Like most body organs, the brain is susceptible to injury from alcohol consumption. People who have been drinking significant quantities of alcohol for many years run the risk of developing severe and persistent issues in the brain.
Effects of alcohol on the brain
The effects of alcoholism on the brain are diverse and are influenced by extensive variables. These consist of the age at which the patient began drinking, the patient’s genetic background and any family history of alcoholism, the amount of alcohol consumed, the patient’s age, gender, level of education, and neuropsychiatric risk factors, which include general health status and alcohol exposure before birth.
When alcohol enters the body, it starts to move from the stomach and intestines and expands to different organs through the bloodstream. In the liver, spikes in blood alcohol content overload its ability to process the alcohol ingested. Excess alcohol then travels to other body parts, such as the central nervous system and heart. The alcohol then travels through the blood-brain barrier, and it directly affects the brain’s neurons. There are billions of interconnected neurons in the brain and central nervous system. As a toxic substance, alcohol can severely damage and sometimes even kill neurons.
Why is alcohol called a “downer”?
Alcohol often gets described as a “downer” because it slows down indicators sent among neurons. It additionally slows GABA (Gamma-aminobutyric acid) neurotransmitters, leading to slurred speech, sluggish movements, and reduced response time. In addition, automatic brain processes managed by the cerebellum and cerebral cortex are also impaired or slowed (i.e., breathing, processing new information, and balance). Contrarily, alcohol causes the rapid release of glutamate neurotransmitters (responsible for dopamine regulation within the center of the mind). This creates the “warm, fuzzy” emotions often associated with drinking.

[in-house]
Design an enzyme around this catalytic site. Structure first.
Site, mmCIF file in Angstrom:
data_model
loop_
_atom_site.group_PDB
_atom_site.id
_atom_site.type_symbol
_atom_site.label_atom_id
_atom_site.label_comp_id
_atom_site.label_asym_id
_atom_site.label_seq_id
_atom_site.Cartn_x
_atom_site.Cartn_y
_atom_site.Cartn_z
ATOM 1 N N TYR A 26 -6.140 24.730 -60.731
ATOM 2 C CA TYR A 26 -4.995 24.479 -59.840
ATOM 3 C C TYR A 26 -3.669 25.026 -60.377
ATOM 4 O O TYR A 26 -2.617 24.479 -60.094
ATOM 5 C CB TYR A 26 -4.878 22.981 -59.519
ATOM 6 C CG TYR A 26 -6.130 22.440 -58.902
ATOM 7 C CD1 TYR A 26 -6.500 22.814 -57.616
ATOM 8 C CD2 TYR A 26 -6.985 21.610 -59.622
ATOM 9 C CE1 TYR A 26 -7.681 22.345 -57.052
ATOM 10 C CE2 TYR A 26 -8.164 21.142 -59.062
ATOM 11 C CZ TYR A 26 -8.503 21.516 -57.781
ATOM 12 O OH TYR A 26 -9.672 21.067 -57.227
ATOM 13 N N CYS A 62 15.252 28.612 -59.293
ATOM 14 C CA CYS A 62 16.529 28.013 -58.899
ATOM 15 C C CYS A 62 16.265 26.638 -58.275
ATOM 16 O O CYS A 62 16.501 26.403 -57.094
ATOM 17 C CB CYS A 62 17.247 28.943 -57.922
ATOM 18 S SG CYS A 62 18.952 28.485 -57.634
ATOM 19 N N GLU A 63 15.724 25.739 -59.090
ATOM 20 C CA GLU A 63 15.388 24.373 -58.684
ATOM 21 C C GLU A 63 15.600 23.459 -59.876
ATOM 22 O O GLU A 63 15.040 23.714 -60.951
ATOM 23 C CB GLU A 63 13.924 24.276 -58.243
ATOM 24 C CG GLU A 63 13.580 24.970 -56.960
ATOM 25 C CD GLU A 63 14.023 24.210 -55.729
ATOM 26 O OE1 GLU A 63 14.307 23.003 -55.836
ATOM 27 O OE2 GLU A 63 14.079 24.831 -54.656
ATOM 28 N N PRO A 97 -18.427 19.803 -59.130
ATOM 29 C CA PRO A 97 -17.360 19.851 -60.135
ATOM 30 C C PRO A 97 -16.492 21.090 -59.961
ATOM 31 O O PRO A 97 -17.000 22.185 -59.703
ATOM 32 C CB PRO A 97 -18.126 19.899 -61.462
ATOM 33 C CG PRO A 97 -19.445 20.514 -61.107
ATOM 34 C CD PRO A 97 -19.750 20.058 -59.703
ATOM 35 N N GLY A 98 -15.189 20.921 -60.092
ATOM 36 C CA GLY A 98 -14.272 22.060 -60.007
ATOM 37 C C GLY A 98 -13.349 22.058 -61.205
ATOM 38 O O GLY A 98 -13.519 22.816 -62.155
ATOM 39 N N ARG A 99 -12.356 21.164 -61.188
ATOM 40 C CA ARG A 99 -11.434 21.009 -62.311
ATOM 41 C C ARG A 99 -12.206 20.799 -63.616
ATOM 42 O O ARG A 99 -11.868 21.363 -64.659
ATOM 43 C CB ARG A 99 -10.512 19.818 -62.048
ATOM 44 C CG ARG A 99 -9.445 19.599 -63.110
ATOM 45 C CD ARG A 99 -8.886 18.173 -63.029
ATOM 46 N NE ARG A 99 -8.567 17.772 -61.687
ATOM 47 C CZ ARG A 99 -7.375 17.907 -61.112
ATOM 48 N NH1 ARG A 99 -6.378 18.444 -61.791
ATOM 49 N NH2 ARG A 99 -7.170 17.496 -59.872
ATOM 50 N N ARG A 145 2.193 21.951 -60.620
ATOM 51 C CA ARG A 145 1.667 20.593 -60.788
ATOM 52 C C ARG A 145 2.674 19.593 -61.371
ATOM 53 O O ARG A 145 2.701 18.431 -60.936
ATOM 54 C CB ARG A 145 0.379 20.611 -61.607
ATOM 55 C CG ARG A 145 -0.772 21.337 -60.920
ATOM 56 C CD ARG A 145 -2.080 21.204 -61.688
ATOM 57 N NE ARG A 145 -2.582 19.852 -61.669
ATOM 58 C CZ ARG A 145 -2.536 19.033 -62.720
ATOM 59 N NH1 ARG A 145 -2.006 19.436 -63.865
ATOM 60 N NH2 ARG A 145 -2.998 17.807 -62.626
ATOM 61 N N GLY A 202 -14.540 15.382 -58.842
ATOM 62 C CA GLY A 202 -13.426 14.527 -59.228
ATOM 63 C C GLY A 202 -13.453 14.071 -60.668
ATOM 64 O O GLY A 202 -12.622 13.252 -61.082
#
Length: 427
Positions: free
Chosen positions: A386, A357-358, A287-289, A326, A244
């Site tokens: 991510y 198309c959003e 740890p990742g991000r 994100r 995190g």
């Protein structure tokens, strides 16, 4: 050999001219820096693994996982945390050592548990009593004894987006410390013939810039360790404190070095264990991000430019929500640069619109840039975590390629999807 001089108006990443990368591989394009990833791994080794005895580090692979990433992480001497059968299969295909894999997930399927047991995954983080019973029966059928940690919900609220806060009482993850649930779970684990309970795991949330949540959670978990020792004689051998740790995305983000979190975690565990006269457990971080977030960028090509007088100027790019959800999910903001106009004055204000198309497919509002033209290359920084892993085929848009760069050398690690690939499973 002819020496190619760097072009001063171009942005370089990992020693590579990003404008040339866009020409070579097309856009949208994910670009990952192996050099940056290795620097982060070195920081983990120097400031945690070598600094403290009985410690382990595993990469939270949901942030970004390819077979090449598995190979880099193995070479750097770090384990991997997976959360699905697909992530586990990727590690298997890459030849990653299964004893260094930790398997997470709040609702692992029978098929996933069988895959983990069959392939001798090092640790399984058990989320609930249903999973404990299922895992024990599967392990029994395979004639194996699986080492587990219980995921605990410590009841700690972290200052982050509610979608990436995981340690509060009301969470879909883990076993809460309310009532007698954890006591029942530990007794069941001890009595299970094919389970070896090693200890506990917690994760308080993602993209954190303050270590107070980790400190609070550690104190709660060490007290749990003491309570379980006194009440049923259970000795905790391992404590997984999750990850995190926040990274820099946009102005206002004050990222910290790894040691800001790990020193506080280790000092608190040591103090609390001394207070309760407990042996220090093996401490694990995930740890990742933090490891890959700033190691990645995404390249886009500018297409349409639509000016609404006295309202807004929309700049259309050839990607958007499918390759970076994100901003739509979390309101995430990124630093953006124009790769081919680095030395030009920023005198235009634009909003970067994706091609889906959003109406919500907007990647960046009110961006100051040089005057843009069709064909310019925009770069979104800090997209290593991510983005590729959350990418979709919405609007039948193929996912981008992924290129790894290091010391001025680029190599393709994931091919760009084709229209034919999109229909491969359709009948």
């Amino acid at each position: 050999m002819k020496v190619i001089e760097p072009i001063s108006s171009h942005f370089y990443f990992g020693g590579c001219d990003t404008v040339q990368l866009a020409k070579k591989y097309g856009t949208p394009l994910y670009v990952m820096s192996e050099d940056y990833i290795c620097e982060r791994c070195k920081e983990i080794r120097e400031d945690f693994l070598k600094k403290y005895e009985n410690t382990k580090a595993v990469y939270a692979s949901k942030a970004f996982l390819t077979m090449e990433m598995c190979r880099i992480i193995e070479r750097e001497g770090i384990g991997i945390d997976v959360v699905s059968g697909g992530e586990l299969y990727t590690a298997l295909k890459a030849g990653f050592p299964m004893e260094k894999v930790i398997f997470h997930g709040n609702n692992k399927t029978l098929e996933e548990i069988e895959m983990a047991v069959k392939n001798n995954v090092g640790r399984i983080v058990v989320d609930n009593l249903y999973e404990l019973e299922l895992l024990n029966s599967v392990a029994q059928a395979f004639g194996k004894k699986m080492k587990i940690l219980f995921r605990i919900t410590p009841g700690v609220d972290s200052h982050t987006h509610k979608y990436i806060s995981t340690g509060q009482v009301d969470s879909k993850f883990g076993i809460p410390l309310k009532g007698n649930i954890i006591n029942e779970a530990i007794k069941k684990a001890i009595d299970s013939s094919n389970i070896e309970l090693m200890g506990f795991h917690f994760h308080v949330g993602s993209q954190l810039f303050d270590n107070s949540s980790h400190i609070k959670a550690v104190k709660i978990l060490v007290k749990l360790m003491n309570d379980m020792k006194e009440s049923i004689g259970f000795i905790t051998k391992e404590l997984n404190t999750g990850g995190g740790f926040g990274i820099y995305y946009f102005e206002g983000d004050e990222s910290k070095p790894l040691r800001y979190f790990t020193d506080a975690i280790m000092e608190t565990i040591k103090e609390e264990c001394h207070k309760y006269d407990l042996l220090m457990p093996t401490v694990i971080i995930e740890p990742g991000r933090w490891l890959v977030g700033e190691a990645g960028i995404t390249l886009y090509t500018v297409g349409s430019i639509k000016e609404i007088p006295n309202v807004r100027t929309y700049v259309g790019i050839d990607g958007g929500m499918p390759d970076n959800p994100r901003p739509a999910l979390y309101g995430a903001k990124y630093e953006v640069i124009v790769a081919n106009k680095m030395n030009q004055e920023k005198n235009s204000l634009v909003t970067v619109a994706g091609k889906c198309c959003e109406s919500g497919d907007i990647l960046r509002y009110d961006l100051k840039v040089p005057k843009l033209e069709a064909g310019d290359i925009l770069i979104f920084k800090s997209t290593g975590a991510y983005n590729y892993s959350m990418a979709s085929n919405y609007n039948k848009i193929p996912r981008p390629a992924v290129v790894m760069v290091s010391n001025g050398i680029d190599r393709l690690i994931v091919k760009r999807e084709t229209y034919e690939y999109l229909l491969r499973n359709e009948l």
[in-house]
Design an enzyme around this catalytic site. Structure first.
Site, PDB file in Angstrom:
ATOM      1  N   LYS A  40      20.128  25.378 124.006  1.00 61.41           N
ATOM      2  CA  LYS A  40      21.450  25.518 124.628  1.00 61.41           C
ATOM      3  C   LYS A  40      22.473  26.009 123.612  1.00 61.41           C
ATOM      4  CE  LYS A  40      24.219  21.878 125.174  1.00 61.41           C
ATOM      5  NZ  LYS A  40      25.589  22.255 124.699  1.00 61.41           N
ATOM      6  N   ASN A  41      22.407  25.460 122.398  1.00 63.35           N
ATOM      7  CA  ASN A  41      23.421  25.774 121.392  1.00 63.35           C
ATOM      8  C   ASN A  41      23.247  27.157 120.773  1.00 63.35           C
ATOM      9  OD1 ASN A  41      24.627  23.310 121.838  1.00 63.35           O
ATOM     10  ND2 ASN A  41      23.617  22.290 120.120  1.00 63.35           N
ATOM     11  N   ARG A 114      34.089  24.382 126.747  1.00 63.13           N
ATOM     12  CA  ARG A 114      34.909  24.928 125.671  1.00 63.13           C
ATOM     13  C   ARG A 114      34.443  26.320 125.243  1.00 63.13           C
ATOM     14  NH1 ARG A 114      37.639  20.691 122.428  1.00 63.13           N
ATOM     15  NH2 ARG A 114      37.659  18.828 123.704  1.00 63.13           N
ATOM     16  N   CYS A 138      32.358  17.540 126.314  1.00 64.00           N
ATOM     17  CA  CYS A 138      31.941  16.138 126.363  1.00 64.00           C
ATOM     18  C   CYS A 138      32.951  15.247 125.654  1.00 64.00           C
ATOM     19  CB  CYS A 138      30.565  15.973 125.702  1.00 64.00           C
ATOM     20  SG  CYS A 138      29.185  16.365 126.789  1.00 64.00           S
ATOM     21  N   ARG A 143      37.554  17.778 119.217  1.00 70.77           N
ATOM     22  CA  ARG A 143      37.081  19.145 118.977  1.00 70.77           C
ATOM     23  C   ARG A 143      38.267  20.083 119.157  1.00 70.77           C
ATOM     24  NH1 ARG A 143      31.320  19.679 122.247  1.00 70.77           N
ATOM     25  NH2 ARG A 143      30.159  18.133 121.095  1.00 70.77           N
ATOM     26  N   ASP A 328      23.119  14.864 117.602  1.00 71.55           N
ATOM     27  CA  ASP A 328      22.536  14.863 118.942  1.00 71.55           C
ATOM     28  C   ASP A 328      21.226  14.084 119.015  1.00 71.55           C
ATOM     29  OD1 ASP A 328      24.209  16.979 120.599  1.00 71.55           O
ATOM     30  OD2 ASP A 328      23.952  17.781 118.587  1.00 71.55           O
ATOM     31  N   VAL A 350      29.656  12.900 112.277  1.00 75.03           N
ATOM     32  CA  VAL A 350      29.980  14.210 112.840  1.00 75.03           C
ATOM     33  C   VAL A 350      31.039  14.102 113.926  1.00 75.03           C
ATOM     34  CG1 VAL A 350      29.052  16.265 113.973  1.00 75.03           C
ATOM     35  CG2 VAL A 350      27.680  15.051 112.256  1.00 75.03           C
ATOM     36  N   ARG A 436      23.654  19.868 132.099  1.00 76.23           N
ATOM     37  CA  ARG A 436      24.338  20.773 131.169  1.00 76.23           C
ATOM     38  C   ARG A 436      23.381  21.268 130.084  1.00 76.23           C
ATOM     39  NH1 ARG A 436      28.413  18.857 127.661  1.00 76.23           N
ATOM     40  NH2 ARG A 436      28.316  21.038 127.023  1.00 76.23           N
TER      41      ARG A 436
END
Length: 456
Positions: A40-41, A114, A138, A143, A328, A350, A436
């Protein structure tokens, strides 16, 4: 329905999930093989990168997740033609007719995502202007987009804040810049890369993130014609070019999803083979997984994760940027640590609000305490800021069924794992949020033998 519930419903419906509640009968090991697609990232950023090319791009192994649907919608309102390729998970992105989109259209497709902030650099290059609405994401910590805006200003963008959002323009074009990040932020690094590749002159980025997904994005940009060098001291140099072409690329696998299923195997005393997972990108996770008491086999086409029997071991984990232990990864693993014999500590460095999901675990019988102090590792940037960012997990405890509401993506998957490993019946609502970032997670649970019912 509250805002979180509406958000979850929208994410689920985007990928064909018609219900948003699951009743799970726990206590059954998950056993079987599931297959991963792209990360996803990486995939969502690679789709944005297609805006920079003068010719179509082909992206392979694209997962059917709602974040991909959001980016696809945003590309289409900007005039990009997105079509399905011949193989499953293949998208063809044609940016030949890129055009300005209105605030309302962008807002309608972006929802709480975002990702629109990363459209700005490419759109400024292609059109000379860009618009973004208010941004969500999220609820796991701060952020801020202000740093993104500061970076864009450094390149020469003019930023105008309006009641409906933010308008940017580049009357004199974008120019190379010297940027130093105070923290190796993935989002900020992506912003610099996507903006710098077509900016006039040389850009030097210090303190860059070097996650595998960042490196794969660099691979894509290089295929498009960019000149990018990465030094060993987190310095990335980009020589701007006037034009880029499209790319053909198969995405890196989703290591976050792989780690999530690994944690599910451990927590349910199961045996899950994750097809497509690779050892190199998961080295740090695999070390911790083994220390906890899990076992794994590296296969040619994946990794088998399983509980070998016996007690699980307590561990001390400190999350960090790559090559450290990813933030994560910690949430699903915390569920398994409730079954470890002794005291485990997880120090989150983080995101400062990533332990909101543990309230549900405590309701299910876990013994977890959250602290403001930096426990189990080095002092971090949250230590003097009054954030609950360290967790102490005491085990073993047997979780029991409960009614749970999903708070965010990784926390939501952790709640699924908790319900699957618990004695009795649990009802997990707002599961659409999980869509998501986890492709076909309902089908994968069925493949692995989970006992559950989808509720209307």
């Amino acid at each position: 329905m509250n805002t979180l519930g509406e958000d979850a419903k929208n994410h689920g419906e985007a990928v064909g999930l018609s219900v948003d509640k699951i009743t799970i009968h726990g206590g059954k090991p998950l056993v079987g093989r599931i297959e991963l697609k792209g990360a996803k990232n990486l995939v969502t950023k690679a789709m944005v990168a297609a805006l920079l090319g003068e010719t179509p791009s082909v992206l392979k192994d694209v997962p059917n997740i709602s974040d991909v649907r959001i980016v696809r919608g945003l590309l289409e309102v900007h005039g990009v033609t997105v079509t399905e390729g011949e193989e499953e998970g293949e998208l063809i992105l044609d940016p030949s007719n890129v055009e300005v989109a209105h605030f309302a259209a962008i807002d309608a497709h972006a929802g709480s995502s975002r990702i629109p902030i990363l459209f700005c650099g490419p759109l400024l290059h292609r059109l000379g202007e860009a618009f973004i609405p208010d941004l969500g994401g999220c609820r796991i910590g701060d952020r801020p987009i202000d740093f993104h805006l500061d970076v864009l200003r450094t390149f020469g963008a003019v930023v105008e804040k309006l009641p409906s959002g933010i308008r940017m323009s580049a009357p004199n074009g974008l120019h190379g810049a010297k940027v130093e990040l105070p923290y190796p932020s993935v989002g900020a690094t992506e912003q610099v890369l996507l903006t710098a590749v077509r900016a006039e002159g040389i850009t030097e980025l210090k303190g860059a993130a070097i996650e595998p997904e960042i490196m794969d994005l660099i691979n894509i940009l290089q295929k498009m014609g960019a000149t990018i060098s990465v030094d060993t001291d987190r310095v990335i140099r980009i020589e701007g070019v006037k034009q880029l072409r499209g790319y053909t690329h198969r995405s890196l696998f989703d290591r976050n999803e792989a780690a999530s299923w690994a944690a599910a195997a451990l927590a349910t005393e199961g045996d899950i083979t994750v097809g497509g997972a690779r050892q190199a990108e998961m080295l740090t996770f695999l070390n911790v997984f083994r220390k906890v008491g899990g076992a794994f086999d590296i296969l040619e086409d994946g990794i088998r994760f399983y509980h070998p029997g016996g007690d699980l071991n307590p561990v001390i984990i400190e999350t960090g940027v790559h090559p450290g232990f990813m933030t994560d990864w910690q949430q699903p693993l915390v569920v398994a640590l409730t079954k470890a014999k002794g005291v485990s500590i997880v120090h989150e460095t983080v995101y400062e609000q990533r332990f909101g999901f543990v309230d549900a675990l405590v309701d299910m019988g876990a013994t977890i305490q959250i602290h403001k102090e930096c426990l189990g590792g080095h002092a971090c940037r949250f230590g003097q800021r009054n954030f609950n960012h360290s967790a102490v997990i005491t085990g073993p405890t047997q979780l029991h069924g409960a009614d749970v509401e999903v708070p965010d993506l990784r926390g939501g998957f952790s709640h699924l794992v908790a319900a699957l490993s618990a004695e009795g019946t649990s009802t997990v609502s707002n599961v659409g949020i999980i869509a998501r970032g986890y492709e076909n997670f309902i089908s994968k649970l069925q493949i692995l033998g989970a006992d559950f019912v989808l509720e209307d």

These short-term results of alcohol, even though risky, hide the long-term harm alcohol can cause to the brain.
Possible brain damage due to alcohol consumption
Damage to the hippocampus region (accountable for your memory creation) is heavily affected by drinking and “blackouts,” resulting in short-term memory loss and death of brain cells. Repeated blackouts, a clear indication of excessive drinking, can lead to permanent damage that inhibits the brain from capturing and storing new memories. For example, the patient might be able to clearly recall a past event but not remember a conversation just a few hours later.
Alcohol-related brain damage can also be present in infants exposed to alcohol in the womb. There is no safe level of alcohol consumption during pregnancy due to the risk of fetal alcohol syndrome (FAS). The alcohol moves through the umbilical cord to the fetus, where the undeveloped body cannot properly process the substance.
Alcohol addiction treatment options
If you’re struggling with alcohol addiction, there are a number of treatment options available to you. One of the most important things you can do is to seek professional help. A qualified addiction specialist can help you understand the changes that have occurred in your brain and develop a plan to overcome them.
In some cases, medication may be prescribed to help manage withdrawal symptoms or reduce cravings. This is often combined with therapy, which can provide additional support in dealing with the underlying causes of addiction. There’s no one-size-fits-all solution for alcohol addiction, but with the right treatment plan, it is possible to overcome this disease and regain control of your life.